Saturday, September 29, 2012


Vatican Radio REPORTS:  Pope Benedict XVI greeted the religious and civil authorities of Castel Gandolfo on Saturday morning in the Apostolic Palace in the resort town where Pope Benedict XVI spent the summer months. Pope Benedict said the period at Castel Gandolfo had been one of study, prayer and rest, during which he noted with admiration the care and concern of all involved in giving assistance and hospitality to him, his colleagues, and all the guests and Pilgrims who travel to the resort town to meet him. The Holy Father had thanks and greetings for the bishop of Albano, Marcello Semeraro, for the pastor of Castel Gandolfo, and for the religious communities and lay groups, in the area: he invited them all to continue to make him feel their spiritual closeness even after his departure, as they have during his stay. Pope Benedict also thanked the civil authorities of Castel Gandolfo in the person of the Mayor, Maurizio Colacchi, promising to pray for him, for his colleagues in government and for the entire community, especially for families in need and for the sick. The Pope had special thanks for the police and military forces that provide security and transportation during his stay at the Papal summer retreat. These include the Corps of Papal Gendarmes, the Italian State Police, the Swiss Guard and the 31st Squadron of the Italian Air Force. The Pope prayed that the Lord might reward them all with abundant heavenly gifts, and watch over them and their families.

(Vatican Radio) – The trial against former Papal butler, Paolo Gabriele and Secretary of State employee Claudio Sciarpelletti opened on Saturday, during which the Vatican Court ruled that the accused will be tried separately on charges of aggravated theft of private documents and aiding and abetting a crime, respectively.

The trial is linked to the leaking of the Holy Father’s personal and private documents to Italian press, which first came to light in March last. Emer McCarthy reports Listen: RealAudioMP3

The opening session was preceded by a consultation in Council Chambers among the three presiding judges that lasted over an hour, during which they discussed pre-trial requests presented by the defense.

46 year-old Gabriele was present at the session. Sciarpelletti was represented by his attorney. Nine of the thirteen witnesses called to testify were present. The Pope’s personal secretary Msgr. Georg G√§nswein was among those absent because of prior official commitments. Eight journalists where also present to follow court proceedings.

The trial itself got underway in the small Vatican Courtroom, when President of the Vatican Tribunal, Giuseppe dalla Torre, read the list of charges. Attorneys for the defence then presented their clients pleas.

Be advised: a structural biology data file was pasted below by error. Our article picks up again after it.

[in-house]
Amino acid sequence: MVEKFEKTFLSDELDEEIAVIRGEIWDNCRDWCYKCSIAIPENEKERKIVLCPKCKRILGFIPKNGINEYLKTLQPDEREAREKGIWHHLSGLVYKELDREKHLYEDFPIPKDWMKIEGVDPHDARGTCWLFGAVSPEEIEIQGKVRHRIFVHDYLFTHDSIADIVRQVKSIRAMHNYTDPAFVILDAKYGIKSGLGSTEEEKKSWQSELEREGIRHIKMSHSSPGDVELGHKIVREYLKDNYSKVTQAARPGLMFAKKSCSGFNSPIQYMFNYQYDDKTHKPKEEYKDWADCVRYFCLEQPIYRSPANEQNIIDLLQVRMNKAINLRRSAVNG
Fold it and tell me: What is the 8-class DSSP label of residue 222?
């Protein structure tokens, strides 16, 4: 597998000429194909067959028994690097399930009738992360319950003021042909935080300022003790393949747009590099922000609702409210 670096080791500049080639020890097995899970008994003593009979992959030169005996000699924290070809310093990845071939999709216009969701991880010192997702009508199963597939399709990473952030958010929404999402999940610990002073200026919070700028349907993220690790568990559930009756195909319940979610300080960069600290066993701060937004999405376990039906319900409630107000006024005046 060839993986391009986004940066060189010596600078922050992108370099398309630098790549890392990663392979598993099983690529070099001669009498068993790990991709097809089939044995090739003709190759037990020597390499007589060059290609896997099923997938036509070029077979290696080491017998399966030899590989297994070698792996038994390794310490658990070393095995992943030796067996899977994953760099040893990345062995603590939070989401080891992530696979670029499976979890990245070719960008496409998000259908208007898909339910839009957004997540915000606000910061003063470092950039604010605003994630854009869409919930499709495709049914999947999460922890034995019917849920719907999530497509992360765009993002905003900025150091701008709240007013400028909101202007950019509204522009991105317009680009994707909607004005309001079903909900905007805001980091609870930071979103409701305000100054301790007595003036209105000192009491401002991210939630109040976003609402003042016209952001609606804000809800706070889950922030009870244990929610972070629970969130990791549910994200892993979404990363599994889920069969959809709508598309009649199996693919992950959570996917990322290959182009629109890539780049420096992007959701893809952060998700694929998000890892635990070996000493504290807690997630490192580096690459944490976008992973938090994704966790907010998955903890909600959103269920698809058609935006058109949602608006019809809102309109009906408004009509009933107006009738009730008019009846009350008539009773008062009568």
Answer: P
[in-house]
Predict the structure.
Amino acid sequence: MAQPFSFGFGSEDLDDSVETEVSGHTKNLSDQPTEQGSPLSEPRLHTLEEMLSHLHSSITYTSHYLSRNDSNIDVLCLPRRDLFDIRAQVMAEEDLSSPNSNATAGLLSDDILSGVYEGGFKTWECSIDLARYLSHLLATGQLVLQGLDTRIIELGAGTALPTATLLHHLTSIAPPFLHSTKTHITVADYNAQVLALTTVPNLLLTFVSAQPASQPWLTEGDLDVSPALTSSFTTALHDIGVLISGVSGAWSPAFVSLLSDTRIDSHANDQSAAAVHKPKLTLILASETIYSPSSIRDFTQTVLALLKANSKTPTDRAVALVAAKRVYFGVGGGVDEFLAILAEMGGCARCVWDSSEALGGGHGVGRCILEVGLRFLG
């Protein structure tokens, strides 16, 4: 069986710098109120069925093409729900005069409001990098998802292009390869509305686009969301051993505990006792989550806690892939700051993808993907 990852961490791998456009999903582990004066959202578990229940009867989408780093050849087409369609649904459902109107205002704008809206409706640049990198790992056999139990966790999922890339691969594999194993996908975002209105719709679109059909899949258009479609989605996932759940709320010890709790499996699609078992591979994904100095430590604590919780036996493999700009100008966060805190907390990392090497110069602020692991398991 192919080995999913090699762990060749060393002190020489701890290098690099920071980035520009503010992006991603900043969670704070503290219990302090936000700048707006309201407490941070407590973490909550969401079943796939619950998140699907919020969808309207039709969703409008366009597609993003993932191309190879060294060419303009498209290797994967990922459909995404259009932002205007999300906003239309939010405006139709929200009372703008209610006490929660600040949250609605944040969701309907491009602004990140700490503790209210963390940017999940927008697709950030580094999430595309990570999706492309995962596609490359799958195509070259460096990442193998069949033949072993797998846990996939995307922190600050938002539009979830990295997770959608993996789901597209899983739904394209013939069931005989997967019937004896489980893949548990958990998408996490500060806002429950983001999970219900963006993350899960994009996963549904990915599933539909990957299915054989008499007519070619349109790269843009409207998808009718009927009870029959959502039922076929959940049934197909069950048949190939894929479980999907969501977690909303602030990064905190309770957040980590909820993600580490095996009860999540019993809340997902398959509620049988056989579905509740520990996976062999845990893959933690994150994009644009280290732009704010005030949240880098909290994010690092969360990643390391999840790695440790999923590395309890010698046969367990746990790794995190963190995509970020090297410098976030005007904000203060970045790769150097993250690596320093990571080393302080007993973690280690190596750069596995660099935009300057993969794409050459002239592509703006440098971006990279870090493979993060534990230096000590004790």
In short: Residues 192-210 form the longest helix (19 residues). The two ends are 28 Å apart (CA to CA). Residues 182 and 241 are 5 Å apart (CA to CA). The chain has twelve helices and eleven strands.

Sciarpelletti attorney’s Gianluca Benedetti began by filing a “not guilty” plea for his client who was absent – according to the lawyer - due to unspecified "unexpected reasons”. Benedetti noted the lesser gravity of the charge against his client and presented a motion for a separate trial, which was accepted by the Court. This will take place at a later unspecified date.

The judges then proceeded to throw out requests presented by Paolo Gabriele’s defense attorney Cristiana Arru. She had asked the Court to allow as evidence the results of a separate investigation by the Commission of Cardinals, convoked earlier this year by Pope Benedict XVI, to investigate the broader implications of the leaks.

The Court ruled that the results of the investigation were reserved to Pope Benedict and cannot be counted as evidence. Judge dalla Torre emphasized that trial evidence will be solely based on the results of the investigation carried out in Vatican City State by Vatican City State police and prosecutors.

The Court also rejected the pre-trial plea for a ruling on "Sub secreto pontificio"; in short evidence that is subject to Pontifical secret. The Court observed that this is not part of the criminal code of Vatican City State.

Instead the Court confirmed the legality of the installation of cameras near Gabriele’s house by Vatican police and upheld Arru’s request for the removal from the body of evidence of two interrogations of Paolo Gabriele which had been conducted by the head of the Vatican Police Domenico Giani, without the presence of a lawyer.

Other objections raised by Arru are pending; such as the issue of the 82 boxes of different sizes, seized in Gabriele’s house as well as objections relating to the way the search was carried out.

The trial has been adjourned until Tuesday, when Paolo Gabriele is due to take the stand. Should he be found guilty he could face up to a maximum four years in prison.


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deborah said...
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